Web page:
Walk/Don’t Walk neighbourhoods . . . and other storiesBMJ 2017; 357 doi: https://doi.org/10.1136/bmj.j1835 (Published 20 April 2017) Cite this as: BMJ 2017;357:j1835
Exercise deficiency disorder
Evidence to support a link between lack of exercise and obesity and type 2 diabetes comes thick and fast. A cross sectional study of adults in Toronto (BMJ Open doi:10.1136/bmjopen-2016-013889) shows an association between neighbourhood “walkability” and metabolic risk factors. Those in the least walkable areas had higher blood pressure, body mass index, low density lipoprotein cholesterol, and glycated haemoglobin. A cross sectional analysis of the 2008 Health Survey for England, also in the latest BMJ Open (doi:10.1136/bmjopen-2016-014456), carries a similar message: each extra increment of exercise was associated with lower body mass index and glycated haemoglobin. People need to heed the title of Sir Muir Gray’s latest book Sod Sitting.
Better communication, better outcomes
Using a simple measure of patient satisfaction with communication, a study of 6810 American adults with cardiovascular disease looked for an association between quality of dialogue and a range of outcomes (Circ Cardiovasc Qual Outcomes doi:10.1161/CIRCOUTCOMES.117.003635). Outcomes included use of statins and aspirin, health status as reported by patients, use of emergency care, and health expenditure. All were improved when communication was rated good.
Rapid decision aids
To share decisions with patients, clinicians need evidence that is accurate, up to date, and easy to understand. Ten reviewers, plus an information specialist, a biostatistician, and a graphic designer produced a suite of five decision aids for dementia, using selective reviews and rapid evidence synthesis methods (Syst Rev doi:10.1186/s13643-017-0446-2). The time required to complete a rapid review varied from seven to 31 weeks per review (mean standard deviation, 19, SD 10 weeks), at a cost of about £9000 each.
Stilling juvenile idiopathic arthritis
Time was when all juvenile idiopathic arthritis was called “Still’s disease,” and its consequences could be dire. A survey of seven British paediatric and adolescent rheumatology centres shows that in the era of modern active treatment, 67% of juvenile idiopathic arthritis patients had no active joints at one year (Ann Rheum Dis doi:10.1136/annrheumdis-2016-210511). But rating of disease activity depended on which scoring system was used: the figures varied between 48% and 61% for minimally active disease and between 25% and 38% for clinically inactive disease.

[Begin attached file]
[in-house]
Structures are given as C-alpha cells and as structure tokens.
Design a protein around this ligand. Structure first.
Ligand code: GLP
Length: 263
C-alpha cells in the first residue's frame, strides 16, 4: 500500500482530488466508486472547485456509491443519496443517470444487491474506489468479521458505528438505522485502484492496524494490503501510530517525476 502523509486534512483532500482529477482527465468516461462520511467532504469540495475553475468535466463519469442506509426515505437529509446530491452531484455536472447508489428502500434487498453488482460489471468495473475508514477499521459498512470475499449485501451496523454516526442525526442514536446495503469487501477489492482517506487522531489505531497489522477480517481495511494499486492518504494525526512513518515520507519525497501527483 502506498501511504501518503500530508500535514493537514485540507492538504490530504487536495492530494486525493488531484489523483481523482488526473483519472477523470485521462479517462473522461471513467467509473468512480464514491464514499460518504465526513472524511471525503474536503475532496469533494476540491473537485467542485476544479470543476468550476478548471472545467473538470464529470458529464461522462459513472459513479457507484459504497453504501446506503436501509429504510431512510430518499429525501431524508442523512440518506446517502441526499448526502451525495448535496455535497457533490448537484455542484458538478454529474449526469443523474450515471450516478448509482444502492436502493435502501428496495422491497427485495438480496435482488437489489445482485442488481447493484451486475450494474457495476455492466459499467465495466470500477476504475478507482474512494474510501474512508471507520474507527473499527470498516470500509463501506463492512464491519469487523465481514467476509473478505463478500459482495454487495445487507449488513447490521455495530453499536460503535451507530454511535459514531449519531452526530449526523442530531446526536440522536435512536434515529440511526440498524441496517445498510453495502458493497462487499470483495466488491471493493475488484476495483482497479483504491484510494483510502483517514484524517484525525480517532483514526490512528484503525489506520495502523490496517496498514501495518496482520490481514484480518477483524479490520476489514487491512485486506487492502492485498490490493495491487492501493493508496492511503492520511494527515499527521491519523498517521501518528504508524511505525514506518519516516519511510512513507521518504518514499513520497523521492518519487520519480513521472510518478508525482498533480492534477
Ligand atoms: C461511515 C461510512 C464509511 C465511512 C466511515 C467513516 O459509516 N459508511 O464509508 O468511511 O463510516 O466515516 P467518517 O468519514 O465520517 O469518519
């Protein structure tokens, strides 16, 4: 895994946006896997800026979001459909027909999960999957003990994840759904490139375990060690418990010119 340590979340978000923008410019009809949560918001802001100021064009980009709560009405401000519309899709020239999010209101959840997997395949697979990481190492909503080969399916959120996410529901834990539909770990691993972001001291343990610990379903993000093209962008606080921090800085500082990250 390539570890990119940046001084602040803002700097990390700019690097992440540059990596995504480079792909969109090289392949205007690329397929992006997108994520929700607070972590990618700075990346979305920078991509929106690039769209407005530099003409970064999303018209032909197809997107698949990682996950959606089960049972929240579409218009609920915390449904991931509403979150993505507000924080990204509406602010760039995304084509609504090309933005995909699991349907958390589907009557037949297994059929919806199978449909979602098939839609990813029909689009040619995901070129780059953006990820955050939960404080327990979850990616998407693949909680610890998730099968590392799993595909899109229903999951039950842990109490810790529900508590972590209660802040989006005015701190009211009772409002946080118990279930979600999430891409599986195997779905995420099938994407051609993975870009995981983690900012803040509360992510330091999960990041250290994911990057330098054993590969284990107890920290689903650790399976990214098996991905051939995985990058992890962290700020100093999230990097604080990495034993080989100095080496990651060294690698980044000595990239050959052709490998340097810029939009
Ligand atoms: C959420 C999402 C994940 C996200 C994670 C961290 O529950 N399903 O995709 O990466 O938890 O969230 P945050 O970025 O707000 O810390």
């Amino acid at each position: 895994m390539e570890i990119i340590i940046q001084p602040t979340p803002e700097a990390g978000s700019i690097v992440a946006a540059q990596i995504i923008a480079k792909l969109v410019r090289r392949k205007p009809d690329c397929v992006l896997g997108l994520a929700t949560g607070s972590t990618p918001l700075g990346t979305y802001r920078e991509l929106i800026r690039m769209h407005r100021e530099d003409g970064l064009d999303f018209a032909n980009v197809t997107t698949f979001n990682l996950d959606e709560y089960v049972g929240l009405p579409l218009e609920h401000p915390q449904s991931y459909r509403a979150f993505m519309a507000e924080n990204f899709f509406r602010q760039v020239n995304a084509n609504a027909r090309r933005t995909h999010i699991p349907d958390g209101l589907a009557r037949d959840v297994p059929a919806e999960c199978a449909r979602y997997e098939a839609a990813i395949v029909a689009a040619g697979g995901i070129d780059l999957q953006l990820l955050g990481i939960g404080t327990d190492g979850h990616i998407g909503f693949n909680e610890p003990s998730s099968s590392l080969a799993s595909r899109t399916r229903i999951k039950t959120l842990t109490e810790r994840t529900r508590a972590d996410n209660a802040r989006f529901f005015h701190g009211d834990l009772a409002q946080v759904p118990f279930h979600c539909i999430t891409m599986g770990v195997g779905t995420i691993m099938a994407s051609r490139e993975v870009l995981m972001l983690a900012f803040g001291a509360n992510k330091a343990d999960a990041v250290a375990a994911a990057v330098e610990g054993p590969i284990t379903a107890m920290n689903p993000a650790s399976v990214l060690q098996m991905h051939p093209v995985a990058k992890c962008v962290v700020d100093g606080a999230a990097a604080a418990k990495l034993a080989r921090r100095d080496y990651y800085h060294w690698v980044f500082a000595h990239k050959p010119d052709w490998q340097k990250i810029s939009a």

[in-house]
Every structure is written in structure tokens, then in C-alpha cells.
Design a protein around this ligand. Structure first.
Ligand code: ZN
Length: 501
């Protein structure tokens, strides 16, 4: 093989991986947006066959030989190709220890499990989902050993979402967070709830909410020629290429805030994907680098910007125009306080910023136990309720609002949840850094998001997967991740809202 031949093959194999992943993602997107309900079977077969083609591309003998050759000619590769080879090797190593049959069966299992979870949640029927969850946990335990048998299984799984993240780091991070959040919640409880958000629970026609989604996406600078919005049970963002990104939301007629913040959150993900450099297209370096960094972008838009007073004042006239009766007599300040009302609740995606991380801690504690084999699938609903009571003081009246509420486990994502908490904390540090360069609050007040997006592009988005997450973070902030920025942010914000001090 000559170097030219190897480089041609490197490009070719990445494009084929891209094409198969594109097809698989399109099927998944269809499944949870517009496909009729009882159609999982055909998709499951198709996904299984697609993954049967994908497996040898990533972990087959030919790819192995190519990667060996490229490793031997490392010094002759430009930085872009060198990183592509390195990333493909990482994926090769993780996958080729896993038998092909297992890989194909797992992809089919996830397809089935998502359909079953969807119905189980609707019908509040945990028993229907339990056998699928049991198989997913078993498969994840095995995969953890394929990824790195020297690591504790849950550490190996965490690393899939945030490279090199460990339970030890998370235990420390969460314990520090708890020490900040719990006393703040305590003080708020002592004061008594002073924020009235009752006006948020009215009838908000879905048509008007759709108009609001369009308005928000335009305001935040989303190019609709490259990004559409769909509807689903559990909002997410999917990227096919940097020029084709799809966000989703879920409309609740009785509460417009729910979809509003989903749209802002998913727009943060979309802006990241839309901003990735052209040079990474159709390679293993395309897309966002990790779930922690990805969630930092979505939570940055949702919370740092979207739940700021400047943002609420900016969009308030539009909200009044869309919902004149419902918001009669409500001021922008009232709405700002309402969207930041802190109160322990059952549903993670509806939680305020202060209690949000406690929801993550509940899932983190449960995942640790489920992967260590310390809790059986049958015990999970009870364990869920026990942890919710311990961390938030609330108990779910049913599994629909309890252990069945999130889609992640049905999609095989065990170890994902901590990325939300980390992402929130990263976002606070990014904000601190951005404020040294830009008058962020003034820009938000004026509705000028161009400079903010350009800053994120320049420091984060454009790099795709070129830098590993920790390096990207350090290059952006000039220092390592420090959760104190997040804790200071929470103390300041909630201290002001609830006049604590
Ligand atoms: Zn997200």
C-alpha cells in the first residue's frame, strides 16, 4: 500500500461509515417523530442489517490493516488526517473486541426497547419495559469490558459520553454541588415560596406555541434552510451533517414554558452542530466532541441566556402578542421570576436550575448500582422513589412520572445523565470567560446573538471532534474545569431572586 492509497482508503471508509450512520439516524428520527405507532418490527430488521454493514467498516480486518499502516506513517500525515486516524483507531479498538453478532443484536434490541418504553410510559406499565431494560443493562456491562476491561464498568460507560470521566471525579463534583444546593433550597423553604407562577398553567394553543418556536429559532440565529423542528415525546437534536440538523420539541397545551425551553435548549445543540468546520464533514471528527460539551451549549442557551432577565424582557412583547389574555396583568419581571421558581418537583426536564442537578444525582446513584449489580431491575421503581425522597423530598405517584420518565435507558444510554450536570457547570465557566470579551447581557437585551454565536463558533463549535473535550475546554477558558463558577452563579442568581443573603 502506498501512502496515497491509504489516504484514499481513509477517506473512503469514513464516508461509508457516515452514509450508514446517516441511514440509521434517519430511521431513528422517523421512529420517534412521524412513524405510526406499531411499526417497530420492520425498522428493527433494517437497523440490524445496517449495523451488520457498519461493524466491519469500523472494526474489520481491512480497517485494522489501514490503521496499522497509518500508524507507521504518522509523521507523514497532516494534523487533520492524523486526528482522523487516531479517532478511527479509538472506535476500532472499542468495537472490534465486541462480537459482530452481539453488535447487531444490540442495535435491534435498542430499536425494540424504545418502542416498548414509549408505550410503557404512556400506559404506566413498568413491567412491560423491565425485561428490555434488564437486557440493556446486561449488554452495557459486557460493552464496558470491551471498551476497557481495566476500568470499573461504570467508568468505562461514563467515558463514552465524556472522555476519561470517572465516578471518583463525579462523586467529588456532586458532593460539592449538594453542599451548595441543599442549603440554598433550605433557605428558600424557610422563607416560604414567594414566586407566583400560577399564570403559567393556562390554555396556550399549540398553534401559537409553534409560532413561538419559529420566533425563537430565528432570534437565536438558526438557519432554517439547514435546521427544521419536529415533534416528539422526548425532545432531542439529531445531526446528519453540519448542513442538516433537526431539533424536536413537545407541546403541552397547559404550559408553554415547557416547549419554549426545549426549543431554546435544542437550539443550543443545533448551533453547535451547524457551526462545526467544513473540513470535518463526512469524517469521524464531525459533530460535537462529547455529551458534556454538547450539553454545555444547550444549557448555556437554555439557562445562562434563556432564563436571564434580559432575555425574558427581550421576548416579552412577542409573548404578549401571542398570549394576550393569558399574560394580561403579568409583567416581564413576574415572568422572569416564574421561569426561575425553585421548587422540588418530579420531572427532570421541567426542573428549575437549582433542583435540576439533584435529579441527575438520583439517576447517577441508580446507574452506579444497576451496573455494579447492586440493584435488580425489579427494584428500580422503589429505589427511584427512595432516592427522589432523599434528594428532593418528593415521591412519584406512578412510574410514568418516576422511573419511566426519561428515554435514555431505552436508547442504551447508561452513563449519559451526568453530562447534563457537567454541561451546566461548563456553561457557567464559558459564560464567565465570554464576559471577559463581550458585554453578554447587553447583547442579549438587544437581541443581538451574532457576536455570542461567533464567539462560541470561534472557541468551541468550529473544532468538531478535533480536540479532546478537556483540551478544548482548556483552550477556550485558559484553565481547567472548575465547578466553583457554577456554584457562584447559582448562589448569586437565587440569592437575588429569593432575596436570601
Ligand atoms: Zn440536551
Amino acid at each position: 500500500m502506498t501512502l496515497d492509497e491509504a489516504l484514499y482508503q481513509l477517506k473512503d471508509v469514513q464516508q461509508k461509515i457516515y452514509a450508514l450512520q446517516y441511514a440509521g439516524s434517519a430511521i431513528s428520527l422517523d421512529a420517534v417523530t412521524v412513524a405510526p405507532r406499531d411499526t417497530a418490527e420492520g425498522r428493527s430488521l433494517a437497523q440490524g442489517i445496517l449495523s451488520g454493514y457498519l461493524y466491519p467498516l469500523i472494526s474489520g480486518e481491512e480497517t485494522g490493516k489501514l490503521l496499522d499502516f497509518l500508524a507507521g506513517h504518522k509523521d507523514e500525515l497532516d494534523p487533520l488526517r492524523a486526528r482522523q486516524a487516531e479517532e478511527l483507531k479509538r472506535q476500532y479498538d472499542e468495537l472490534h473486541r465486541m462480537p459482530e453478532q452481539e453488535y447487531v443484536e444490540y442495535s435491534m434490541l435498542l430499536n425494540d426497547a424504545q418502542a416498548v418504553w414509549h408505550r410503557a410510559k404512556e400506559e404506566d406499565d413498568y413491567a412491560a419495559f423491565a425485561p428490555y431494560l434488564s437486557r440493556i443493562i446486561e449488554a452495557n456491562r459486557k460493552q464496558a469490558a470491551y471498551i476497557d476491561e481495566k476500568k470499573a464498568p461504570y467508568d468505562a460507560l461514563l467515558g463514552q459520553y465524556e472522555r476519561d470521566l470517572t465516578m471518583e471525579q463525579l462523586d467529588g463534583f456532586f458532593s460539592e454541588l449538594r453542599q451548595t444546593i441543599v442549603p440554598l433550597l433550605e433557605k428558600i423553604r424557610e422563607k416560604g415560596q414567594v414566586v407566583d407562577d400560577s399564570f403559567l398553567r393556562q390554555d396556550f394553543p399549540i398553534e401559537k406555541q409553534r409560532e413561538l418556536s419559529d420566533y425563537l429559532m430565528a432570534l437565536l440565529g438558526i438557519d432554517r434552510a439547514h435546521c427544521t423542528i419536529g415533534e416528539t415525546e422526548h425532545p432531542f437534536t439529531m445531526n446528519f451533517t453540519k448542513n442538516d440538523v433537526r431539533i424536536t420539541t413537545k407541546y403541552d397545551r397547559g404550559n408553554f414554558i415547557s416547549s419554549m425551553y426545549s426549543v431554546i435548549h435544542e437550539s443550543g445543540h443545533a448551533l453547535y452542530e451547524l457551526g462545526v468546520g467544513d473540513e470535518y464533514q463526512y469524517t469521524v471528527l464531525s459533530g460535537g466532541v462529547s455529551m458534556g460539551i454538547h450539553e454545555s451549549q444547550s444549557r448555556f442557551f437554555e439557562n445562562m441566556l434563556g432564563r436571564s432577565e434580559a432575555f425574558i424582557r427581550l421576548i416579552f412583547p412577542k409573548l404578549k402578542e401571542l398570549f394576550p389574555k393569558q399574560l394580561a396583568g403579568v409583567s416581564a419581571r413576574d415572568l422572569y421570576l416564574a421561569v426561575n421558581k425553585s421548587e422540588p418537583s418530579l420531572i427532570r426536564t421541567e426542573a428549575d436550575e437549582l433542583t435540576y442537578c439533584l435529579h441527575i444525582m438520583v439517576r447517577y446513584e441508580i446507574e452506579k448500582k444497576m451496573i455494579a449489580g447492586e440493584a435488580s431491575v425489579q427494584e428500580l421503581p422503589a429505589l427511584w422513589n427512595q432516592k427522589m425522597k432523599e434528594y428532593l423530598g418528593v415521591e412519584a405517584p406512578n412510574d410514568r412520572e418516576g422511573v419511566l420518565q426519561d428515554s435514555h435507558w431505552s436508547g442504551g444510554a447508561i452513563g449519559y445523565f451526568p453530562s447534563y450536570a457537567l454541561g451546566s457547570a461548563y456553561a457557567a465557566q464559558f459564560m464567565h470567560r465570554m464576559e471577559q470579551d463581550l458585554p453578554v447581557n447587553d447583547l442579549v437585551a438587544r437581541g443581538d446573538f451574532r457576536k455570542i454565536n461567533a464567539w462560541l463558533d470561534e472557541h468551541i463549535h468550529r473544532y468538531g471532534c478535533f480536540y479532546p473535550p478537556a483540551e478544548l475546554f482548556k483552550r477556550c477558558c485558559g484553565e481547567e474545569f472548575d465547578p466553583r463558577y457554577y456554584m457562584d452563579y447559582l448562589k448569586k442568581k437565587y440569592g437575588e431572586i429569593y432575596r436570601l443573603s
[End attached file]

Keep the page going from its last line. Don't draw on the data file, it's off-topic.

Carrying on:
Preference adapted trials?
Researchers and ethics committees like to live in a world of clinical equipoise, but clinicians and patients often have strong feelings about treatment choices, even in the absence of evidence. This was illustrated in an endometriosis trial that sought to compare four different kinds of long acting, reversible contraceptive (LARC) (Trials doi:10.1186/s13063-017-1864-0). Only five (6%) women accepted randomisation to all groups, with 63 (82%) having a LARC preference, and 55 (71%) a preference not related to LARC. The authors discuss whether it might be possible to achieve better recruitment by allowing a degree of patient and clinician preference while keeping a balance between groups.
The enhancement of research capacity in low to middle income countries could achieve huge benefits for global health, but there are often few local professionals to call upon. To assess their existing skills, a wheel-like tool has been designed that looks like a radar screen (BMJ Glob Health doi: 10.1136/bmjgh-2016-000229). Competency radar strikes Minerva as a useful assessment tool for wider use: the domains include scientific thinking, ethics, quality improvement, research skills, and management ability.
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